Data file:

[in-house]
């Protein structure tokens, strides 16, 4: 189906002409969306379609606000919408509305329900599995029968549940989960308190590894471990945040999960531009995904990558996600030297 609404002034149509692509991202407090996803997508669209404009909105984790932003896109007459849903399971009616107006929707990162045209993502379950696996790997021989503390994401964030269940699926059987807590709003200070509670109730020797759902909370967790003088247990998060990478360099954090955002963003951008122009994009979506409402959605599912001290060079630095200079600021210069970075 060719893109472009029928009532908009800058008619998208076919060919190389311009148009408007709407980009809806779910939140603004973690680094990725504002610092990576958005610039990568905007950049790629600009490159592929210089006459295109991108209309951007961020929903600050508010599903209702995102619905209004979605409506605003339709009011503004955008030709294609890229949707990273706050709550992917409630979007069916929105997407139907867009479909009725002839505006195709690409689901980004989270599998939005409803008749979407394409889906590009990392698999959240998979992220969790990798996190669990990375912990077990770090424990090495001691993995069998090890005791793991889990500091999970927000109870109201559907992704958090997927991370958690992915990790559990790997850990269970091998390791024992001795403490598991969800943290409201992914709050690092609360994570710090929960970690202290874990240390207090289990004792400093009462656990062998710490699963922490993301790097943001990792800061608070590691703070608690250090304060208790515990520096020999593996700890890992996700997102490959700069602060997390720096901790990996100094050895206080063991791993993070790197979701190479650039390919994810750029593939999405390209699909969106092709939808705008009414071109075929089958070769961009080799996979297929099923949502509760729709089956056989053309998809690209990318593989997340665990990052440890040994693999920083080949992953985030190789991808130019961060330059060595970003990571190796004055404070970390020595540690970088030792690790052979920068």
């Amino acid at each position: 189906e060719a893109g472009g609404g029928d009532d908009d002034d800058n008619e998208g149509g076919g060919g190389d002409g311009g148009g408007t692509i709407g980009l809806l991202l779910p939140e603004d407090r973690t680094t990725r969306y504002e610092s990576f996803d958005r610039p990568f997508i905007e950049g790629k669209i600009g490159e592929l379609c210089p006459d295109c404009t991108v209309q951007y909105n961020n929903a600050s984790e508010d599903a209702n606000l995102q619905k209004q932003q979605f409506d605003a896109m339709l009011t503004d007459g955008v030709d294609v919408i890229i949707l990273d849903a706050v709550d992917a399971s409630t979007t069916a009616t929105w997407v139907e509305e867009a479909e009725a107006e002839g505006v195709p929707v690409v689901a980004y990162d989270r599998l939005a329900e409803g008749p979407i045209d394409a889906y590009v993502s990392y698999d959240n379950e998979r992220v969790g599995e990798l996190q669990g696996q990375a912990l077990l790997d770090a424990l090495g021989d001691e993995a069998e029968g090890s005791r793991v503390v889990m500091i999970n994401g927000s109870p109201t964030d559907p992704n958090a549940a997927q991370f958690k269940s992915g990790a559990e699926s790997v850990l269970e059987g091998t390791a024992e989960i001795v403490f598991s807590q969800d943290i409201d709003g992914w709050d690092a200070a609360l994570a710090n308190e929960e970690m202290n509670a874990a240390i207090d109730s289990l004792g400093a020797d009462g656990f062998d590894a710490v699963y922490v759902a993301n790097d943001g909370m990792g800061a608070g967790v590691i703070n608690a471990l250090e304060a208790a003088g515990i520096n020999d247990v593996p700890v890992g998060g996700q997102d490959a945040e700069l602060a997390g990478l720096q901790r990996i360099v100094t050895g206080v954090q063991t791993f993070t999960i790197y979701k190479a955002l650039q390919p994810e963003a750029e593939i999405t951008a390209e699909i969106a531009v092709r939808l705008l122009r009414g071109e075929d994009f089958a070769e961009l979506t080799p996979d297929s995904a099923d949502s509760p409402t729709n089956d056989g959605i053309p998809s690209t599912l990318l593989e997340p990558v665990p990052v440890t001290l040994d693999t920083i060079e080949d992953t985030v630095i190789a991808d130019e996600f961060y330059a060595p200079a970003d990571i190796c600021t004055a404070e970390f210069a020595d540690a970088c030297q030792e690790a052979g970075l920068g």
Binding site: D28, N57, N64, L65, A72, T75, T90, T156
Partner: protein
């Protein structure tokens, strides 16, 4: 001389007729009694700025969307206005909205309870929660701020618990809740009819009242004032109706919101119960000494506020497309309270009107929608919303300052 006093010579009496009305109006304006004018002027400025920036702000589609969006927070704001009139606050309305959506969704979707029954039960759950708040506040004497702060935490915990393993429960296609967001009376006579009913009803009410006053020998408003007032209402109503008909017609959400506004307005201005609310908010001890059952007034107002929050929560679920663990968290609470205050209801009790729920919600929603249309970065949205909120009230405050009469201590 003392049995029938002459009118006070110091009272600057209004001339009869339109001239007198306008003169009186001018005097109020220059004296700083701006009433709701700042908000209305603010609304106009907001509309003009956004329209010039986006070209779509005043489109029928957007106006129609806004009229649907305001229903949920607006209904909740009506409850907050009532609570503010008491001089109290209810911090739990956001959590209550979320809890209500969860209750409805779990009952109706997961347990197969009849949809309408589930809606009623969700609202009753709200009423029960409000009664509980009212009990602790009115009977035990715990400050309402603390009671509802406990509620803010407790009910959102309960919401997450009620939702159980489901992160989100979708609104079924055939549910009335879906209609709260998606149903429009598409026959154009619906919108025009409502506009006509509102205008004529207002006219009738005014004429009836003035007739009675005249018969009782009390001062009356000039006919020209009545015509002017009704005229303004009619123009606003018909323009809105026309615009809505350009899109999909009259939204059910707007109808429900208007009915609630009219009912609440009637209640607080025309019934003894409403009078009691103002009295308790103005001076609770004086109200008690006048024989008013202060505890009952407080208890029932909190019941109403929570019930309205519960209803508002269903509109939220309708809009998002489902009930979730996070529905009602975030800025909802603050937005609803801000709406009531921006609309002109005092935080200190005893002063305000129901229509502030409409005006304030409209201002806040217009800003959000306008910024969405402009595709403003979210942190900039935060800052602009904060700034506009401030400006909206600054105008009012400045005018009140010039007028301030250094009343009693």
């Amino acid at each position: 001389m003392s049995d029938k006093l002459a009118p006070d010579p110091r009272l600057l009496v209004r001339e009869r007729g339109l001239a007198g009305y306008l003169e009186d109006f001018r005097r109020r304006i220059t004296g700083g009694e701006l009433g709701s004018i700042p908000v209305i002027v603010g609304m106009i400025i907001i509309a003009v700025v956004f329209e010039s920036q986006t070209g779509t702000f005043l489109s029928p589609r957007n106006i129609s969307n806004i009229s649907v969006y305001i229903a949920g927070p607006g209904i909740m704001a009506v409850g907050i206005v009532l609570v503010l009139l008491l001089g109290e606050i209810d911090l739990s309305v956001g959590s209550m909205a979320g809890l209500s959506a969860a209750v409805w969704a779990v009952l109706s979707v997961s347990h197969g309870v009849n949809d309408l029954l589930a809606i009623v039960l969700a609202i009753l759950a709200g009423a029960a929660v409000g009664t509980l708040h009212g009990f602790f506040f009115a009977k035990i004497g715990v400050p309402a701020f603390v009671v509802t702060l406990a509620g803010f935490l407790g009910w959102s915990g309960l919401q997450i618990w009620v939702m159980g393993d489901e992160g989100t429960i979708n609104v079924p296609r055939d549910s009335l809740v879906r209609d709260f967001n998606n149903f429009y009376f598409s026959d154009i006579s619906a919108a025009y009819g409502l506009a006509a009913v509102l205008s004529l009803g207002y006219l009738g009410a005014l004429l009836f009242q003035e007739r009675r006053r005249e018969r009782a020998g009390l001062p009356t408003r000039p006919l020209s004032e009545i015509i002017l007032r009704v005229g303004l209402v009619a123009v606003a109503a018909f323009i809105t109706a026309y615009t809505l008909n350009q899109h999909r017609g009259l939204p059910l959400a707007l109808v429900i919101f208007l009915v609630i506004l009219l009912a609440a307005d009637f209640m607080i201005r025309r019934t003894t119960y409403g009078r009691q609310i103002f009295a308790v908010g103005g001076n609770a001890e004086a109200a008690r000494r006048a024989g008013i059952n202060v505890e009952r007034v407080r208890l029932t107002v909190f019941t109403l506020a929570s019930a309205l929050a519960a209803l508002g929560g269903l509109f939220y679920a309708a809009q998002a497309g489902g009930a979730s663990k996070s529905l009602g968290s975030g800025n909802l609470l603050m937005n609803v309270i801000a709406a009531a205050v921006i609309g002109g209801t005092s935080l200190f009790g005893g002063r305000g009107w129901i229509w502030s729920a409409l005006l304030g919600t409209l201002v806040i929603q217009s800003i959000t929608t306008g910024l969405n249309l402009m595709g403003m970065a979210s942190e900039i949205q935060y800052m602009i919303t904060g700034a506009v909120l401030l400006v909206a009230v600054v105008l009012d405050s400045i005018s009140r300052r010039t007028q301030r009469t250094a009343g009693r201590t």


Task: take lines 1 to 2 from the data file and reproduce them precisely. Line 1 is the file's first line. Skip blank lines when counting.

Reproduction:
[in-house]
């Protein structure tokens, strides 16, 4: 189906002409969306379609606000919408509305329900599995029968549940989960308190590894471990945040999960531009995904990558996600030297 609404002034149509692509991202407090996803997508669209404009909105984790932003896109007459849903399971009616107006929707990162045209993502379950696996790997021989503390994401964030269940699926059987807590709003200070509670109730020797759902909370967790003088247990998060990478360099954090955002963003951008122009994009979506409402959605599912001290060079630095200079600021210069970075 060719893109472009029928009532908009800058008619998208076919060919190389311009148009408007709407980009809806779910939140603004973690680094990725504002610092990576958005610039990568905007950049790629600009490159592929210089006459295109991108209309951007961020929903600050508010599903209702995102619905209004979605409506605003339709009011503004955008030709294609890229949707990273706050709550992917409630979007069916929105997407139907867009479909009725002839505006195709690409689901980004989270599998939005409803008749979407394409889906590009990392698999959240998979992220969790990798996190669990990375912990077990770090424990090495001691993995069998090890005791793991889990500091999970927000109870109201559907992704958090997927991370958690992915990790559990790997850990269970091998390791024992001795403490598991969800943290409201992914709050690092609360994570710090929960970690202290874990240390207090289990004792400093009462656990062998710490699963922490993301790097943001990792800061608070590691703070608690250090304060208790515990520096020999593996700890890992996700997102490959700069602060997390720096901790990996100094050895206080063991791993993070790197979701190479650039390919994810750029593939999405390209699909969106092709939808705008009414071109075929089958070769961009080799996979297929099923949502509760729709089956056989053309998809690209990318593989997340665990990052440890040994693999920083080949992953985030190789991808130019961060330059060595970003990571190796004055404070970390020595540690970088030792690790052979920068």